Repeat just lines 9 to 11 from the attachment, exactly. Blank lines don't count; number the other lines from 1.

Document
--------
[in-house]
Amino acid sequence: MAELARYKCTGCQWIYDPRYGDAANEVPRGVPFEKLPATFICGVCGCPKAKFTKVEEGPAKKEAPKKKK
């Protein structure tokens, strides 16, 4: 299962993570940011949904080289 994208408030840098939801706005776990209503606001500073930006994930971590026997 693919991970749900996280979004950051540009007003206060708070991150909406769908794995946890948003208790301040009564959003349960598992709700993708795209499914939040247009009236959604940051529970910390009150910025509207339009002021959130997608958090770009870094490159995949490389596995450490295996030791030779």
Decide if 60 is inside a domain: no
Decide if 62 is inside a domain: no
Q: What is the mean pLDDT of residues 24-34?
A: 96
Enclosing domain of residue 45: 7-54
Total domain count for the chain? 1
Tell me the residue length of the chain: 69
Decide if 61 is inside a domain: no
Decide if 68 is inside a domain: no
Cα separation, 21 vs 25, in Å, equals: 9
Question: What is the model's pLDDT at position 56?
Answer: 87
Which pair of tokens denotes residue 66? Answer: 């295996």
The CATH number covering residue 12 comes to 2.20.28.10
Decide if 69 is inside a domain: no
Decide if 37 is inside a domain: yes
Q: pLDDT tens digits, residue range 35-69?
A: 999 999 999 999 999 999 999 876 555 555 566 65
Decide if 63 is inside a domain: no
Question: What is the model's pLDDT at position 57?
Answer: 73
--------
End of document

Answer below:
Total domain count for the chain? 1
Tell me the residue length of the chain: 69
Decide if 61 is inside a domain: no